Category Archives: Animal Behavior

First Photo of Fishing Cat with Baby in Wild

Fishing Cat with Kitten in Wild

Fishing cat with kitten in the wild of Khao Sam Roi Yot National Park. (Photo/Namfon Cutter, Fishing Cat Research and Conservation Project)

 

 

The Secret Lives of Fishing Cats

 

Our resident fishing cat biologist friend, Namfon Cutter, was kind enough to give us permission to share her first-ever photo of a mama fishing cat with kitten in the wild. This is a rarely witnessed event!

With CAT in WATER, we are hoping to add to these efforts by incorporating new high-res camera-traps into the project that will bring you even more intimate views of these amazing critters.

Please enjoy this sweet moment in the life of a rare wild creature courtesy of Namfon and the Fishing Cat Research and Conservation Project.

With all the support so far, we are just $124 away from our start-up goal. Thank you to everyone who has pledged. This photo is the epitome of what you are helping to protect when you do so.

We’ll keep fund raising throughout this project, as the camera-trapping is a whole other canister of film. (I know, we like the old school lingo around here.) If you’d like to help support CAT in WATER, click HERE to learn more.

 


Insomniac Cavefish Might Hold Clues to Sleep Disorders in Humans

Mexican Blind Cavefish

Mexican blind cavefish

Sightlessness is a common adaptation of cave-dwelling animals. Sometimes, as in the case of the Olm eyeless cave salamander or “human fish,” they no longer even have eyes. Now scientists have learned that at least in a certain kind of cavefish, the Mexican blind cavefish, sleep, too, is a waste of resources.

Well, that’s not quite the right way to put it. It’s not so much that the fish don’t need sleep, it’s that they need to stay awake more, said the researchers in a press release.

“These fish live in an environment where food is generally scarce,” said Richard Borowsky of New York University. “If you are asleep when a bit of food floats by, you are out of a meal and out of luck.”

Borowsky and lead author of the study Erik Duboué first observed hints of the insomniac tendency of cavefish in the laboratory. Fish that typically hang out in brighter surface waters showed obvious sleep patterns. At night, they would get droopy fins and sink to the bottom of their tank. Captive cavefish on the other hand kept patrolling around the clock.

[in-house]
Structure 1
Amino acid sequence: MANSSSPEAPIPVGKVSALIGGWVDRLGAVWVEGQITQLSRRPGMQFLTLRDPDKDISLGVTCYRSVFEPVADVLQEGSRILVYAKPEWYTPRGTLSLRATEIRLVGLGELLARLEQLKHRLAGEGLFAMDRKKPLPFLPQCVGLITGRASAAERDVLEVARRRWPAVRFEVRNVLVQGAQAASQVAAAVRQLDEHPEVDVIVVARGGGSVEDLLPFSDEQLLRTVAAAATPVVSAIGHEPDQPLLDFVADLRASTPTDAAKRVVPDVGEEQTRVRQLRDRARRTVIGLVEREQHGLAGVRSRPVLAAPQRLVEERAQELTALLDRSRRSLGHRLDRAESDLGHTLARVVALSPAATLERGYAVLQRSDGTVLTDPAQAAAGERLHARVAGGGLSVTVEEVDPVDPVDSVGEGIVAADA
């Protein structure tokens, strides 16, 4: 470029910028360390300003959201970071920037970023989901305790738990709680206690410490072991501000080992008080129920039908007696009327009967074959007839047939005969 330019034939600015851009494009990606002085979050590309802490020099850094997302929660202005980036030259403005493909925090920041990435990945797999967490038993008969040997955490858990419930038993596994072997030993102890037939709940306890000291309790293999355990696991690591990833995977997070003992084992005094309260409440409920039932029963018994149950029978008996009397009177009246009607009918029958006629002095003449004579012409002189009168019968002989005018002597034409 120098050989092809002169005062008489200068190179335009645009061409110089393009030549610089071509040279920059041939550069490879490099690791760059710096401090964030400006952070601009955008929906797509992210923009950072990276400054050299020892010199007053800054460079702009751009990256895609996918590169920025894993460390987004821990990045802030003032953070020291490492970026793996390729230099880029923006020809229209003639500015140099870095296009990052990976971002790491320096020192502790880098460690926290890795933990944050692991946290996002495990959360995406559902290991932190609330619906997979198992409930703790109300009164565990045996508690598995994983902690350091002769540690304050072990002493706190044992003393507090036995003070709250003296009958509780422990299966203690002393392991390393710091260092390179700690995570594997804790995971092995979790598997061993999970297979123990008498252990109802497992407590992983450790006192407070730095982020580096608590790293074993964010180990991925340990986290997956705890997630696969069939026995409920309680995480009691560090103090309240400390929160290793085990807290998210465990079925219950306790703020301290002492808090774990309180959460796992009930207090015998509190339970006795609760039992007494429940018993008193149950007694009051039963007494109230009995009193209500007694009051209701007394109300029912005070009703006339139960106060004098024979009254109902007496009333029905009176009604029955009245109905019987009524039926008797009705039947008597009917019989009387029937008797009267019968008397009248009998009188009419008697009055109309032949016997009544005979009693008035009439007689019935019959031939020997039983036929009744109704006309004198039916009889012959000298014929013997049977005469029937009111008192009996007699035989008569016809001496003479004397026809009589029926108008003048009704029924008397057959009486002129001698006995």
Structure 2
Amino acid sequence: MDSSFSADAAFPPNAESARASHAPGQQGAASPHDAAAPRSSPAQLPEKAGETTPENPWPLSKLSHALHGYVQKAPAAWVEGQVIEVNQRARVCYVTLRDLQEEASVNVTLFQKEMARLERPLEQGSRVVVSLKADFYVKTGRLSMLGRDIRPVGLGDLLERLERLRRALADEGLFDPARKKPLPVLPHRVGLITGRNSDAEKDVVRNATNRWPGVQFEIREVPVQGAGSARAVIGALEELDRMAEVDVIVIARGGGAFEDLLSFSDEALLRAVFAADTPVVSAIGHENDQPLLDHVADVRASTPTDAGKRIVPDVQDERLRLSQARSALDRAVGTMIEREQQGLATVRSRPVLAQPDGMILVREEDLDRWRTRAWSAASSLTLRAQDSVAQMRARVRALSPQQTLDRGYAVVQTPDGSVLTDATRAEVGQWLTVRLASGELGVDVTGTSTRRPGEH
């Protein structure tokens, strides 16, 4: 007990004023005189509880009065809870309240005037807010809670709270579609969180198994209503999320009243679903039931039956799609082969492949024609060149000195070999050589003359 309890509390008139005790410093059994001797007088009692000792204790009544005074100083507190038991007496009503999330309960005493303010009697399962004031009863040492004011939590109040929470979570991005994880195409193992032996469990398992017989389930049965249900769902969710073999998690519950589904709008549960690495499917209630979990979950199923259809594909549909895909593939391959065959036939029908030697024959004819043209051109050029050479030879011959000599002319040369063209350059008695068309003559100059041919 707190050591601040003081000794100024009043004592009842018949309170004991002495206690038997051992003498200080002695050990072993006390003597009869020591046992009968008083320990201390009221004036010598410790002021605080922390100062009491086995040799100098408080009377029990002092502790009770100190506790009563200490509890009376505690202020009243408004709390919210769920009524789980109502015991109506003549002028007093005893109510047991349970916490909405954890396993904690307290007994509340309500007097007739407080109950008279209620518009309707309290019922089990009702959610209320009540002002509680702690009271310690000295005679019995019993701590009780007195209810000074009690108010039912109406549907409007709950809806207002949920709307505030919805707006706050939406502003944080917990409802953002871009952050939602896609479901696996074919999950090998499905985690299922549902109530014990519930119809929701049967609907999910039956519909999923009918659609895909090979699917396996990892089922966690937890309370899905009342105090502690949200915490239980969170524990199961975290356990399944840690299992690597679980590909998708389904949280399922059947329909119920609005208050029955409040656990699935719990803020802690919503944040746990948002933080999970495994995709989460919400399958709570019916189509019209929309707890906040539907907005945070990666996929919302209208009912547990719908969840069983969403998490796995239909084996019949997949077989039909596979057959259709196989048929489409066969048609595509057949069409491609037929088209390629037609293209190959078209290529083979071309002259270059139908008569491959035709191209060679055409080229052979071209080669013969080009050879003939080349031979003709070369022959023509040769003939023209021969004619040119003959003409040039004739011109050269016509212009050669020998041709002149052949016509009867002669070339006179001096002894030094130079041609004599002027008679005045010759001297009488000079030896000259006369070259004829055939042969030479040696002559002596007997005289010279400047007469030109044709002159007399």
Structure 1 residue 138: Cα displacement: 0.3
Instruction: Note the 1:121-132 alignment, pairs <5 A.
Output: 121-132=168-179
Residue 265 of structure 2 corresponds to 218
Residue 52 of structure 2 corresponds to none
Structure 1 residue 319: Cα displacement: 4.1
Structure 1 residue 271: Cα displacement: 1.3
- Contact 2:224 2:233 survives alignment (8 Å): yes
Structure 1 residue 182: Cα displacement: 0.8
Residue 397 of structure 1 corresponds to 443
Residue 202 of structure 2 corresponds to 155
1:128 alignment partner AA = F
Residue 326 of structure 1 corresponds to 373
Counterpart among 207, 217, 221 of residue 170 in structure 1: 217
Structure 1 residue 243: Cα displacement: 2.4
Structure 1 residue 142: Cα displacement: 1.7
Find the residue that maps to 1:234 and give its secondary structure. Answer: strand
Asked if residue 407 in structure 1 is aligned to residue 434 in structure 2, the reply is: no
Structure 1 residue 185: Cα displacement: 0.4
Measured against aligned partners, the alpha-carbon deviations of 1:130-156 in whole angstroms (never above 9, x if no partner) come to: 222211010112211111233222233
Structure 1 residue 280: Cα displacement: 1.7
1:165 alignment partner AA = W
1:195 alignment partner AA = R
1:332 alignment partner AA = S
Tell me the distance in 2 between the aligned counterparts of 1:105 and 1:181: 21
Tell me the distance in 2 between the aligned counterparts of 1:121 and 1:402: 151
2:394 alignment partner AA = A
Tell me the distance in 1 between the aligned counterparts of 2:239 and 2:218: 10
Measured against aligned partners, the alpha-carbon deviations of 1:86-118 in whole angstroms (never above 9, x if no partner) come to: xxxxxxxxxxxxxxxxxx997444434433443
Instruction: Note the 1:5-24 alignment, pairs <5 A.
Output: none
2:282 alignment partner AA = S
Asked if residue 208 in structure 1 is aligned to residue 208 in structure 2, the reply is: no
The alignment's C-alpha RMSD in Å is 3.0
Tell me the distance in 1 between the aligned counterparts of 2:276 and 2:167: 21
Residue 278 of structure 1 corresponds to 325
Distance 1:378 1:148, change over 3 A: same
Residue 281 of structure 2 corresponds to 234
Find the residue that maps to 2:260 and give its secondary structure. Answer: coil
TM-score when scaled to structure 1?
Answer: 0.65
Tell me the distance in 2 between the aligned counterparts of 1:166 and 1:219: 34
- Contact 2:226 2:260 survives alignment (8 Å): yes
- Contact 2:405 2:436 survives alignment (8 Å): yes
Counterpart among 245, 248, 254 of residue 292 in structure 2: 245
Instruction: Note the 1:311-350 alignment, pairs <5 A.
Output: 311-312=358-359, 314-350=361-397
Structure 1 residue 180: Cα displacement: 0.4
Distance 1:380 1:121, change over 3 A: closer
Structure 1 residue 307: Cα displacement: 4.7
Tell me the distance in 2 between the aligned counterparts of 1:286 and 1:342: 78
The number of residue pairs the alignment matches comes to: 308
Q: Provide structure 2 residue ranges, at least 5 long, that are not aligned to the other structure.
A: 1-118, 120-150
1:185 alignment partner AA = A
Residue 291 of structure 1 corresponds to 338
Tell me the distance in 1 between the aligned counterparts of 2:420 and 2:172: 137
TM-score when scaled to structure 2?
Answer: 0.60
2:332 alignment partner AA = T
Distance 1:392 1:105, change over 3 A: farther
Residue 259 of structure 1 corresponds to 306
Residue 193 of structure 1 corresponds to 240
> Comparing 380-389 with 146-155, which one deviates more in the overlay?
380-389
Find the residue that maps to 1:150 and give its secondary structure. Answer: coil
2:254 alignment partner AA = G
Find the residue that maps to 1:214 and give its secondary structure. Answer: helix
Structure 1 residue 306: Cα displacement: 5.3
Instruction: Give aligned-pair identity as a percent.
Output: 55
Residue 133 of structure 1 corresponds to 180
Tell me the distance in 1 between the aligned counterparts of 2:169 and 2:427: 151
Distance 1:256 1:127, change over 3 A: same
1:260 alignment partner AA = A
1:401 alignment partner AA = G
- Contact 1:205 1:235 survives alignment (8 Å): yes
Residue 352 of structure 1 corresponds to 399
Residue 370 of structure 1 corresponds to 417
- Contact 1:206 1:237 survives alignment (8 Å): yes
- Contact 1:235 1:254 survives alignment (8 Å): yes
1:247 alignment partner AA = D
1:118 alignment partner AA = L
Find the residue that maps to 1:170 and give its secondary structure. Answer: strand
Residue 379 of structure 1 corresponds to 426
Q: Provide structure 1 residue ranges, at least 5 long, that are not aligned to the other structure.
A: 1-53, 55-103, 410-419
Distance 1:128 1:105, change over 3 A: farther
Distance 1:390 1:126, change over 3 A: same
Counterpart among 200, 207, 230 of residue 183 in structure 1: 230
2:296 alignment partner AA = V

Cross breeding cavefish with other fish has shown that the wakefulness is genetic. Besides the gee whiz factor of the find, scientists think that this cave critter could hold clues to understanding sleep disorder in humans. That’s because the same gene that keeps the fish partying all night long, is likely also the gene that regulates similar behavior in other animals.

Scientific Journal:

Current Biology, April 7 issue

Authors and Affiliations:

Richard Borowsky of New York University

Erik Duboué of New York University

Contact:

Elisabeth Lyons, elyons@cell.com, 617-386-2121


The lazy animals’ guide to survival

Dormouse in winter sleep

For the dormouse, life can be hard. Raising the kids takes obscene amounts of energy. Anyone’s who’s ever tried to raise one knows these little guys are divas when it comes to feeding time. So dormice only breed when the acorns are good.

To the other extreme, they’re also on a lot of menus: owls, weasels, pine martens and both wild and domestic cats all like to eat them. The poor guy is even called the “edible dormouse.”  Basically, a public life for the dormouse is nothing short of a way to punch the ticket. That’s enough stress to tucker anyone out. So how do these guys survive? By sleeping through 8 months of the year.

You can learn more new science about the dormouse from the new study by Professor Thomas Ruf thomas.ruf@fiwi.at at the University of Veterinary Medicine in Vienna or in the journal paper:

Survival rates in a small hibernator, the edible dormouse: a comparison across Europe by Karin Lebl, Claudia Bieber, Peter Adamík, Joanna Fietz, Pat Morris, Andrea Pilastro and Thomas Ruf at http://onlinelibrary.wiley.com/doi/10.1111/j.1600-0587.2010.06691.x/abstract


Wildlife Candid Camera at Smithsonian

 

Smithsonian Wild

Want to spy on wild animals?